Saturday, October 13, 2007

General information on South Africa

South Africa is a vast country with large contrasts, and two weeks are a very short period as there is so much to see. I have, however picked up some pieces of information I would like to share with you. I was lucky, as I travelled with people that had lived there, and they knew the do's and the don'ts. But if you are planning a trip without any prior knowledge to the country you are advised to do some research.

Getting there

Most major airlines operate services to the main South African international airports, i.e. Johannesburg, Cape Town and Durban. Peak season is during the Southern summer from the beginning of October to the end of March.

I checked the prices when we planned our trip, and as we travel from Scandinavia there are no non-stop flights, and we had to travel through one of the major European hubs. We chose (regrettably) Heathrow as our transfer. You may get some great deals if you book on the net, and check different sites as prices may vary. We managed to get a ticket at around €800 round trip, and ended up around €1000 including taxes.

As the flight takes around 10 hours and that South Africa is located on Central European time, many flights are night time flights.

Health precautions

Consult your doctor in order to get the right shots before you leave. I got shots for diphtheria, polio and hepatitis A. I was also given a drinking vaccine against ETEC-diarrhea. As we planned to go to one of the malaria areas, we were given malaria tablets. Most of South Africa is malaria free, except the east parts of the country bordering Mozambique. If you e.g. go to Kruger National Park, you must take Malaria medication.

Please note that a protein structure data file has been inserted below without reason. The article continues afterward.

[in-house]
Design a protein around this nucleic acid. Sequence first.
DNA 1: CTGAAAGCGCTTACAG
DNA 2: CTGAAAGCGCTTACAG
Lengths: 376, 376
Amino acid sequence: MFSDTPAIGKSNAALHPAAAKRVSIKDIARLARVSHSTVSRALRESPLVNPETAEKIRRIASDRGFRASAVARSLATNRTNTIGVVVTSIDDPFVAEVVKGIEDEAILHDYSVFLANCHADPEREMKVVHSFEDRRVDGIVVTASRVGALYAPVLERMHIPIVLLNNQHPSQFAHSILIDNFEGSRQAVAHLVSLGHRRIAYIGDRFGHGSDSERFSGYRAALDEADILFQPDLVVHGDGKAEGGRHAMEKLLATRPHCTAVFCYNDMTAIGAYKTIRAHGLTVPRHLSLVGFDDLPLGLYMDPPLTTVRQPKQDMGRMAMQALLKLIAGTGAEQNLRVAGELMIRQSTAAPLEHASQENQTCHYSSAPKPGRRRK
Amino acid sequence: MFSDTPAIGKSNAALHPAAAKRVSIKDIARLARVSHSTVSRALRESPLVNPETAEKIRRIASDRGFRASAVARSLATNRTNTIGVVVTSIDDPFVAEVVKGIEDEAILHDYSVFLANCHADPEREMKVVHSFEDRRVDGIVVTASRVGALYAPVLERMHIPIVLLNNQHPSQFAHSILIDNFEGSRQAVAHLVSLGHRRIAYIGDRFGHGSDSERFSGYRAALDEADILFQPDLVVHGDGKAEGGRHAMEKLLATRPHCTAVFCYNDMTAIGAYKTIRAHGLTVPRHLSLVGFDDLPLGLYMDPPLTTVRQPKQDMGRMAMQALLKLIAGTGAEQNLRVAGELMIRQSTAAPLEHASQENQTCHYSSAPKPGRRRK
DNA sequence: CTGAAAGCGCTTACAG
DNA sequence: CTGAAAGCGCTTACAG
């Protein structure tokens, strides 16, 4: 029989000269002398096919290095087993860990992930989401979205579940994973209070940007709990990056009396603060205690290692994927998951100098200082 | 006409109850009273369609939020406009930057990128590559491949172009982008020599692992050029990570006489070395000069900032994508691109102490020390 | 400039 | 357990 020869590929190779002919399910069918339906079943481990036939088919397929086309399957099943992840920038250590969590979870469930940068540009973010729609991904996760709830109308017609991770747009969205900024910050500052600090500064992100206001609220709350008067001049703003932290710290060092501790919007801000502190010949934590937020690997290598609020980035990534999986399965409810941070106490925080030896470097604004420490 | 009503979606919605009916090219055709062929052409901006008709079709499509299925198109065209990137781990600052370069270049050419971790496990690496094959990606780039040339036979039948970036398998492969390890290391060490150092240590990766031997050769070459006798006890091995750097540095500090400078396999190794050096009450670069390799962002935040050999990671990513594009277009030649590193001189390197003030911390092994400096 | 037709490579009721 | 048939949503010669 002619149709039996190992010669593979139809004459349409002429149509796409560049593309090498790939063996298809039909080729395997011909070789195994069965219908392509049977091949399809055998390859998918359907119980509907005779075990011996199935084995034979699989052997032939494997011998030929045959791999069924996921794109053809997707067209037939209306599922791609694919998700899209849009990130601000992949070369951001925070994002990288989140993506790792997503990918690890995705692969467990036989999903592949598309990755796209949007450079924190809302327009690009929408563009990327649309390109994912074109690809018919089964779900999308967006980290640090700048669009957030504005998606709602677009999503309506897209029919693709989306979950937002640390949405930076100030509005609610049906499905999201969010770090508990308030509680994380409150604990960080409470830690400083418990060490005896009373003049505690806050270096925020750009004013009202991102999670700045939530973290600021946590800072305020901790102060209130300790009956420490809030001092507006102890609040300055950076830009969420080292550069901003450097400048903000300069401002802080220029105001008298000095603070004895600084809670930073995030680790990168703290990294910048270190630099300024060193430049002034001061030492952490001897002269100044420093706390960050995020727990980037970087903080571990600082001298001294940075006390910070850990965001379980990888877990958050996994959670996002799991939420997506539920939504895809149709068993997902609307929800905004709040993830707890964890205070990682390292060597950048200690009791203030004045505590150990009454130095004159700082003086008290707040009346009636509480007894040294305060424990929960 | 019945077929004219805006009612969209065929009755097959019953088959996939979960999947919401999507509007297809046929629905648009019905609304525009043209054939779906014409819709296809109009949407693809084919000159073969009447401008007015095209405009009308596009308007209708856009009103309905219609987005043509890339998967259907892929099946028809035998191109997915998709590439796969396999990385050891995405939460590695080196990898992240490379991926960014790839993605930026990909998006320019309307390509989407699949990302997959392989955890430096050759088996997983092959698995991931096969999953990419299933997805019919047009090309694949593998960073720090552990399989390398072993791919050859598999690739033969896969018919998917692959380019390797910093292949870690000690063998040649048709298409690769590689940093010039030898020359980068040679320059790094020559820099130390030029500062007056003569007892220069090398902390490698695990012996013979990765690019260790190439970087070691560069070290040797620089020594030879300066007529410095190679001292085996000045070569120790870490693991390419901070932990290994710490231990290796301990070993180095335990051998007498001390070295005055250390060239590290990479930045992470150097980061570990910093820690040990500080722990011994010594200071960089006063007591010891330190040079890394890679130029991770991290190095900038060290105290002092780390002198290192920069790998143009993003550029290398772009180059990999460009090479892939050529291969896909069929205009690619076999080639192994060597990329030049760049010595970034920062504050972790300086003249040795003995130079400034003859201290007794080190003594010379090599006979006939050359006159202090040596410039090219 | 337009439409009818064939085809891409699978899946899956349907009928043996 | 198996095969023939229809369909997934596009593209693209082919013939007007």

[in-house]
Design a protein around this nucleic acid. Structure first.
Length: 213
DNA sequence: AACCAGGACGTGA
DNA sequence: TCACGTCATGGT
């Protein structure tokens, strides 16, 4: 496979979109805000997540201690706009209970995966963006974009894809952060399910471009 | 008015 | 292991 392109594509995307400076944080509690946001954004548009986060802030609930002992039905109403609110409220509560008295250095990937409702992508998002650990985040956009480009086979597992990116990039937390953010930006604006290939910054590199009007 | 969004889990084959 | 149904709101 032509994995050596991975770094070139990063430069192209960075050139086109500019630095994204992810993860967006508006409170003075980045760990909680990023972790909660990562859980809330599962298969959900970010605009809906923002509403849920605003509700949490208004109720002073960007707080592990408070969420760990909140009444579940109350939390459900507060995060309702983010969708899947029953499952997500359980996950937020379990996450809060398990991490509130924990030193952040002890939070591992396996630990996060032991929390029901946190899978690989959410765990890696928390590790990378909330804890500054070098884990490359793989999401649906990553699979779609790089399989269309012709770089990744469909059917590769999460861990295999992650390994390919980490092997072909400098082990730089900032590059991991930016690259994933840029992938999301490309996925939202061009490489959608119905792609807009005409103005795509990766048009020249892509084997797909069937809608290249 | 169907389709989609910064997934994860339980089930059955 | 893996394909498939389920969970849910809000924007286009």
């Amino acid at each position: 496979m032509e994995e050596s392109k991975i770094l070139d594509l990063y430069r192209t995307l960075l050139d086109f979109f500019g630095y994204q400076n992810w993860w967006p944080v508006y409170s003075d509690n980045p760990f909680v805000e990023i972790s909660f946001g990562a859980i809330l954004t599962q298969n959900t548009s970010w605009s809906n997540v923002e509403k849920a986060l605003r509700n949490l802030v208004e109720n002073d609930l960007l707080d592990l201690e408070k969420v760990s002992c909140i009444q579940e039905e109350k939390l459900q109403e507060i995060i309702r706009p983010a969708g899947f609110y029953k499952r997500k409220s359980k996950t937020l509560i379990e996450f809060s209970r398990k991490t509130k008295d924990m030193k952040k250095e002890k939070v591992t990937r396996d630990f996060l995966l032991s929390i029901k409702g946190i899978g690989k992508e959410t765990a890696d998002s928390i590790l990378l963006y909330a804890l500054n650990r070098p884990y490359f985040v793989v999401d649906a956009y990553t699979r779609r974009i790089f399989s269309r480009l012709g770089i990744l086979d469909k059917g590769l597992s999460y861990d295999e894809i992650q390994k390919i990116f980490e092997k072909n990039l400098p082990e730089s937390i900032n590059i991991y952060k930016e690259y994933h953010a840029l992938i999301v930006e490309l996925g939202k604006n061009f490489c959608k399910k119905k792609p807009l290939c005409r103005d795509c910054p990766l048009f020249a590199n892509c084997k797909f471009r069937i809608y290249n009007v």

It is vital that you check with your doctor as the consequences of not doing so, may be serious to your health.

I found that the food standard provided in South Africa comparable to that of Europe, but beware of food enjoyed off the beaten track. Our Norwegian acquaintance that lived there confirmed this impression. I generally stay away from dishes that contains raw eggs. You may also get effects from the fact that there is a different bacteria culture in the food. This may give you nausea, even if you are not ill. It may therefore be a good idea to give your digestive system a little boost adding some good pro biotic remedies. Consult your pharmacist.

I am sensitive to mosquito bites and had a bad allergic reaction in South Africa. Cover your legs and lower arms during dusk and night and use an efficient repellent. I regret that I did not.

Money and prices

The local currency is South African rand (ZAR), and you'll get approximately 8 ZAR for 1 USD, and 10 ZAR for 1 EUR.

Once there, you'll find that you get much for your rands compared to Europe and the United States. You can get a good double room for under 500 ZAR a night including breakfast. Remember to give tips to service provided by the cleaning staff in hotels, and for many other services.